Published in ‘Cheval’ (2015), edited by Jonathan Edwards and Alan Perry
It was Jack’s sixth Sunday of being a saint.
‘Next door’s having Sunday dinner,’ said Dan, leaning out through the back door to let the cat in. He watched Delyth-Next-Door’s cardiganed shape move through the steamy windows, the sound of her Madonna CD and her four bickering children drifting across the garden, carried by the smell of roast lamb and mashed swede.
‘Good for them,’ Jack said, elbow-deep in the freezer. His denimed backside stuck out, wiggling as he scrabbled among the boxes of fish fingers and value-range pizzas.
Dan frowned. ‘Why don’t we ever have a Sunday dinner?’
‘I haven’t got time to piss about with roasting no dinners, Dan.’
‘Well what are we having?’
‘Dunno.’ Jack tugged out a box of ancient chicken kievs, sending a shower of flaked ice to the tiles like electrical sparks. ‘These with chips?’
‘Well what then?’
‘Dan, I don’t have nothing for no Sunday bloody dinner.’ He slammed the box to the worktop and pulled a bag of potatoes from the cupboard. ‘You’ll appreciate what you’re given.’
‘How very Christian of you,’ said Dan, watching as his father took a handful of potatoes to the sink and scrubbed the earthy skins under a blast of tapwater. He yawned. Fair play to Jack, he’d kept up this charade a lot longer than Dan had predicted. Dan would have bet his last fiver that his father would have given up and found himself slipping out of the off-licence with a four-pack of lager under his coat within a fortnight. Six weeks in and he was still going strong, a Saint Christopher dripping gold from his neck.
‘I don’t know what your problem is,’ muttered Jack, peeling potato skins. His face looked old in the dirty light that sliced through the blinds, his skin stretched over his cheeks like pale leather. He didn’t always look like that– old and sad. He used to draw looks from the mothers at the school gate, huddled together like hens in their rain coats, their beady eyes swinging towards him. They smiled over their scarves. Jack Jenkins cut quite a figure, towering above the other parents and stretching his broad arms to embrace the boy flinging himself at his Daddy, his hero at the school gates.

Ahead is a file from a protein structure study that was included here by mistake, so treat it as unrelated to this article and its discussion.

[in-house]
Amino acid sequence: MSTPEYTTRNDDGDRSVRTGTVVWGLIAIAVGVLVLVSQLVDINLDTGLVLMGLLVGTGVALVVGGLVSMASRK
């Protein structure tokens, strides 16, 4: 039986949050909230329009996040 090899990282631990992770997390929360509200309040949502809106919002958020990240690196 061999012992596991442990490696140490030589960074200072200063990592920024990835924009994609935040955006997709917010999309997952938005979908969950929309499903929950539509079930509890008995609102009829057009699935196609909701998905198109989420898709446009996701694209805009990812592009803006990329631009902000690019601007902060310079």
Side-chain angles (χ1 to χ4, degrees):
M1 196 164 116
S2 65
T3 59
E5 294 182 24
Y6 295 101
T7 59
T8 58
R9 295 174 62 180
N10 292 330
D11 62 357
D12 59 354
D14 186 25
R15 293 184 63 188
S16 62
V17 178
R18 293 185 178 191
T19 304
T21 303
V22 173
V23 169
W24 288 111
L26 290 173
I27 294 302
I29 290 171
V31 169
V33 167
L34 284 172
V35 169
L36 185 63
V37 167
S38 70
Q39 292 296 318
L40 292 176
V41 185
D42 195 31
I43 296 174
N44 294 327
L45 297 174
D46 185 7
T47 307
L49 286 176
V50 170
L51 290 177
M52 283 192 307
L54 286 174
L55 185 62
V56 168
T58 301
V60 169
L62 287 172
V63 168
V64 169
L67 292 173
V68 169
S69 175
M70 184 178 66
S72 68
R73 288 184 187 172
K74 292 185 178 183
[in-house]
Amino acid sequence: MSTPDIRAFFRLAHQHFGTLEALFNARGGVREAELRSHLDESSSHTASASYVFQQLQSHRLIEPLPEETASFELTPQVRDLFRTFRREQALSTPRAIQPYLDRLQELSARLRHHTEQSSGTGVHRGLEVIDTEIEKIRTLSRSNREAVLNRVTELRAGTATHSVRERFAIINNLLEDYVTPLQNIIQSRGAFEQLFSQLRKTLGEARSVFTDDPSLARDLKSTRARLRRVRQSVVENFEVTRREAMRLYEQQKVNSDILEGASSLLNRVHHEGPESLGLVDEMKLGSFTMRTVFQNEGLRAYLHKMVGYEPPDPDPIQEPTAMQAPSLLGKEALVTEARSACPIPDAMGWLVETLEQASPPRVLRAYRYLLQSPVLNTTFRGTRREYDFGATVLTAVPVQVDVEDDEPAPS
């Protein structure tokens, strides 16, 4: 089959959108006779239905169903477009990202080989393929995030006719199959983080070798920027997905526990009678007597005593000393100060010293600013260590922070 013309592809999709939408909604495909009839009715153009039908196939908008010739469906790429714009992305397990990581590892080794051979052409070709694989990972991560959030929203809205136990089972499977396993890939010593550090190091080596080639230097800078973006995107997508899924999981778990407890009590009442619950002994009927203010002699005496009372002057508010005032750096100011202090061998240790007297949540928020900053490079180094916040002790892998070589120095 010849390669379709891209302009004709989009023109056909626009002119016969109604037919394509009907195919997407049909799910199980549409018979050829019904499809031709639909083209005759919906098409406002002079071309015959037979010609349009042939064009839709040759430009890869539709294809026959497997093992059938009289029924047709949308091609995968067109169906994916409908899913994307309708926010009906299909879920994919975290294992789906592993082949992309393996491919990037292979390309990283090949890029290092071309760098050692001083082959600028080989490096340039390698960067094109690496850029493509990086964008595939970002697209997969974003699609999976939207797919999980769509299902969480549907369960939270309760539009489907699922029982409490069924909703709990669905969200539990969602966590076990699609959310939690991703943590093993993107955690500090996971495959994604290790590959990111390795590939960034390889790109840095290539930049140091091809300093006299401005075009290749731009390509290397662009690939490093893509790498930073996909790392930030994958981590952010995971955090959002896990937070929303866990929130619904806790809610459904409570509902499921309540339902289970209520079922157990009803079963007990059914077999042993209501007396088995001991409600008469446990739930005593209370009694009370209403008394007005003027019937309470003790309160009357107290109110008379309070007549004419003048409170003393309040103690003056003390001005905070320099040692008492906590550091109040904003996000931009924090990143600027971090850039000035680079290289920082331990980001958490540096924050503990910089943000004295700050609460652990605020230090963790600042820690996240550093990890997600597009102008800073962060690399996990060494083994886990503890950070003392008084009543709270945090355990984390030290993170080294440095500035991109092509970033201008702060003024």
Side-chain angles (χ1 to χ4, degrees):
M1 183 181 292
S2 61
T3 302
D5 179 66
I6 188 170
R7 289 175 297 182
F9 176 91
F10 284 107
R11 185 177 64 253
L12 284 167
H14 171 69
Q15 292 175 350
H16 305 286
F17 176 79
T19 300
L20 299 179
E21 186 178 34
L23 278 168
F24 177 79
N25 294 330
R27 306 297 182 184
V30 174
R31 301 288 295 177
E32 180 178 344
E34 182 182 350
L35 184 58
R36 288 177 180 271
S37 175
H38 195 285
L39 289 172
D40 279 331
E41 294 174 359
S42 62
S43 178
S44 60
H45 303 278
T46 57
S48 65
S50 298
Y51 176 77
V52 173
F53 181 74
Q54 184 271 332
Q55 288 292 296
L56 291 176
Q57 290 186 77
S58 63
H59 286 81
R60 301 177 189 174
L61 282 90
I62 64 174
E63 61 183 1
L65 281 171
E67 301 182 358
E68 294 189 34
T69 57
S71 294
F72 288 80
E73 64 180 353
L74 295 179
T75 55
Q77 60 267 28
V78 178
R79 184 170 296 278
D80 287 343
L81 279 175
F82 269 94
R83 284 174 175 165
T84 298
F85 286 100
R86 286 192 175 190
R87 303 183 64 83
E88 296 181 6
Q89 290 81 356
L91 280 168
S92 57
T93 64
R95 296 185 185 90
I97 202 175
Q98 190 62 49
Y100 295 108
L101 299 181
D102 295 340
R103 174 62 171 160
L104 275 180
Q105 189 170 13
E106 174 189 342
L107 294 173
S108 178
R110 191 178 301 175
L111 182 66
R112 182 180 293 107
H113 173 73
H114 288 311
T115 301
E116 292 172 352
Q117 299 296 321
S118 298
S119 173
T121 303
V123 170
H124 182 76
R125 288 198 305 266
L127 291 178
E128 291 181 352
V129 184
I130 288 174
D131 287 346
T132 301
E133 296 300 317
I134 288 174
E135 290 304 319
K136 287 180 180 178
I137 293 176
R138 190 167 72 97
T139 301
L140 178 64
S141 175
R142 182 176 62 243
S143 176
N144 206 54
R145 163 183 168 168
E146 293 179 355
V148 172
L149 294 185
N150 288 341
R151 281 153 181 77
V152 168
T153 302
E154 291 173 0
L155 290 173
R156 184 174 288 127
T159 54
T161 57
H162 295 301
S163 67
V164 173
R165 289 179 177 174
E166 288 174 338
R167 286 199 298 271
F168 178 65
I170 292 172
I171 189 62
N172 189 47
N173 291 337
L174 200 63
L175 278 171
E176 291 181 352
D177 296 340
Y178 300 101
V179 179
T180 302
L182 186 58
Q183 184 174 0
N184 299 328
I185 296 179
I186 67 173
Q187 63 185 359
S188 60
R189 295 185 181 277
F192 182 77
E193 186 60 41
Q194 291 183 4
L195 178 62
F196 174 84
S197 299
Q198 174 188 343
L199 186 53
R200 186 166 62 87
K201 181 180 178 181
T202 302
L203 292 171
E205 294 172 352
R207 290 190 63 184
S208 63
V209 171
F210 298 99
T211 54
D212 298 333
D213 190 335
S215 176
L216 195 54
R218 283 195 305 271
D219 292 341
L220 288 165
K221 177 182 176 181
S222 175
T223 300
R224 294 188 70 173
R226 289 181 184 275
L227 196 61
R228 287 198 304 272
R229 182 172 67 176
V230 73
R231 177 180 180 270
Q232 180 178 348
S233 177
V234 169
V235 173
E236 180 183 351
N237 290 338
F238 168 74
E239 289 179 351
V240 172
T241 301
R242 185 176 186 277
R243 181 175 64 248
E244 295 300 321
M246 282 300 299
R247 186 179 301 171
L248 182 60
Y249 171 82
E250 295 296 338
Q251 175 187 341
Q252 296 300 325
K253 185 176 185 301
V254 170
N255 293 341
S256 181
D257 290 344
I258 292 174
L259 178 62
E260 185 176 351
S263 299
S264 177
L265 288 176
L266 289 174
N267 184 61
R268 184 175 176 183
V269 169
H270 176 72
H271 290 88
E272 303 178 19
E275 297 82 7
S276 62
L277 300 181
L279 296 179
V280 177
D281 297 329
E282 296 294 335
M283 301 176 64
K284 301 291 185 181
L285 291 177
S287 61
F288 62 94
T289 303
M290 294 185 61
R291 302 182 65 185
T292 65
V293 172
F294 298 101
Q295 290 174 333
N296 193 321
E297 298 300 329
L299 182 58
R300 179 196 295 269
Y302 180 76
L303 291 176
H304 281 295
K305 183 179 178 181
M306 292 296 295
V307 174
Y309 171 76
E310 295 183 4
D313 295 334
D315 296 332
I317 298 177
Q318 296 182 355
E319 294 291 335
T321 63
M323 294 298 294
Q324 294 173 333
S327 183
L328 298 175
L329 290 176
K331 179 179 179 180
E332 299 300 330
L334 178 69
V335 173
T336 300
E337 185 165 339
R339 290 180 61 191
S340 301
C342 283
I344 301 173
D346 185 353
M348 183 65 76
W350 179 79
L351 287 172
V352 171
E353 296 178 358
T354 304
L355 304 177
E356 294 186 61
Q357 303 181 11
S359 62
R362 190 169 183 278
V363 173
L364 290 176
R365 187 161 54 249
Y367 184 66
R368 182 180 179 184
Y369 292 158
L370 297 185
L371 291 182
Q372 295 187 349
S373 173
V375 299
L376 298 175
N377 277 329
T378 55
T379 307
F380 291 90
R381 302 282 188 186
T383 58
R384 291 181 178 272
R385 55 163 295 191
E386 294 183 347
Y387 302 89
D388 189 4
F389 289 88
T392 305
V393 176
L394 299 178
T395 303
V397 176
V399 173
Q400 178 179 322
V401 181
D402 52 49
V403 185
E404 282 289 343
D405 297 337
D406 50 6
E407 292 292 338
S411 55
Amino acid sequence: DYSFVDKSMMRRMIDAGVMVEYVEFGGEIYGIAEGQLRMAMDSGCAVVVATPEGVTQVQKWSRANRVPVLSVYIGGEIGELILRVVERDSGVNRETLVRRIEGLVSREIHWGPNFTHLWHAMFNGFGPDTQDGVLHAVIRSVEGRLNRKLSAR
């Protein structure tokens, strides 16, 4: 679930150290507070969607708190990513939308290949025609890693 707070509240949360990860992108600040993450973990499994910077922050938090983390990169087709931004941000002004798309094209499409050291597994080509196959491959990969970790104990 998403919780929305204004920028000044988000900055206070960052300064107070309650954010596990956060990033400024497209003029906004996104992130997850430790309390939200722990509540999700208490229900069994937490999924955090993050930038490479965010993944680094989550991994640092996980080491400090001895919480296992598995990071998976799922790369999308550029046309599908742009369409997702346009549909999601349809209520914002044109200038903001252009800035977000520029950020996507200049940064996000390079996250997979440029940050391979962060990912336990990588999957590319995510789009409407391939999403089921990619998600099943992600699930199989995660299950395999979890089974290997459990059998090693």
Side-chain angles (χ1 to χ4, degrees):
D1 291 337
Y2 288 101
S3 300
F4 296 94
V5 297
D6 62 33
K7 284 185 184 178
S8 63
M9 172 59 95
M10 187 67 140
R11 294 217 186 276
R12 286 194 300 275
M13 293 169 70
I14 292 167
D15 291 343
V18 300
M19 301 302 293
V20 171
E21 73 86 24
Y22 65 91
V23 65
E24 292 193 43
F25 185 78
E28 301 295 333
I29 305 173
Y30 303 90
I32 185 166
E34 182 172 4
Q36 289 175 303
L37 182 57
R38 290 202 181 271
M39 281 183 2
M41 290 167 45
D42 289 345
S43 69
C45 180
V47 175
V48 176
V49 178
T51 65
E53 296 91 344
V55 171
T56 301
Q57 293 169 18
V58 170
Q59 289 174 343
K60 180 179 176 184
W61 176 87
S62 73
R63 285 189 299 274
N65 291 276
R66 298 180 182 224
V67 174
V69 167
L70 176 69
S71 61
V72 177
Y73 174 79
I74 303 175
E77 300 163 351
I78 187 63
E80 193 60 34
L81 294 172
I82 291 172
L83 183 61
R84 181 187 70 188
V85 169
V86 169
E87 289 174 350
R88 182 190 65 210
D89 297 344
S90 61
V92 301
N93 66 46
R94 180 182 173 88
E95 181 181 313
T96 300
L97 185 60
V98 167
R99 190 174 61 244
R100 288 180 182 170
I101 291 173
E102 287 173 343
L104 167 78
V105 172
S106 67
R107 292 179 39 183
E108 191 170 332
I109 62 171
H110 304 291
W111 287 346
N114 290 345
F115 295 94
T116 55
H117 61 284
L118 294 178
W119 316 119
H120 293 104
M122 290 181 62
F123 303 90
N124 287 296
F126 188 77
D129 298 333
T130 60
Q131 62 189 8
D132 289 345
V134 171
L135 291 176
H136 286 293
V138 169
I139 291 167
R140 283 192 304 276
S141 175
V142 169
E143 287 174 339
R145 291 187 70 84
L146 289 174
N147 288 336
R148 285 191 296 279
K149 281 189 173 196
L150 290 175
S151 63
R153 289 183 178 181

They’d been to church that morning. Jack Jenkins had actually dragged his son to church. Dan had noticed Jack’s palms pressed together just above his crotch halfway through the service, as though he could pray in secret. Actually pressed together, like he thought himself some saint– Jack, with that wine-coloured scar snaking down his jaw and that oversized corduroy jacket that stank of rolled tobacco and wet dog. He used to hide whole bottles of whiskey in that jacket; just walk around in the middle of the day down the Kingsway with a bottle of cheap booze clinking against his rib and then sit at the side of the train station slugging it. He’d spend hours there, eyes rolling as the shadows leaned darker and longer over the traffic, scraping loose pennies towards him with a grubby finger and throwing cold chips at the seagulls. Sometimes Muggs came to join him, a pack of cards whispering between his hands.
And he thought the Bible could save him. The Bible. A stinking, grubby, useless, boring, pile-of-shit book was going to turn him into a new man. Jack Jenkins, the shiny new, squeaky-clean do-gooder who worried about things like poverty and praying for sick people in hospitals and abandoned kids and all the crap that none of them could do anything about.
Dan passed his eyes over his father’s faded polo-neck and the denim jeans hanging loose from his bony hips. If Mam could see him now, she’d have curled her lip and spat.
‘All you ever used to do was go on at me to get clean. On and on and on. You and your mother,’ Jack said, lifting his eyes to the window above the sink. His face hardened. ‘Ashamed of your old man, that’s what you said.’
‘…well, yeah. No one wants to point out that the bloke spewing against the train station wall is their old man, do they?’
‘So what the hell am I doing wrong by staying off it then?’ Jack threw down the peeler and turned to look at his son. A vein wriggled down to meet the long scar, pearlescent in the afternoon light. ‘Huh? What am I doing wrong? Wrong now for a man to have a bit of faith in something other than a can of fucking lager? Want me to tell you to stick a fucking curry in the microwave while I go down the club all evening? Huh? Do you?’ He laughed. ‘Maybe I’ll bump into Muggs, have a few for old times’ sake.’
Dan dropped his gaze. They never talked about Muggs.
‘Here.’ Jack rooted in his back pocket and cradled a handful of pound coins in his palm. ‘Go down the shop and get some vinegar, will you?’ He slammed the cupboard door. ‘We’ve run out.’
They were already outside the rugby club when he passed, brows crumpled against the sunlight and cigarettes skewed from their lips.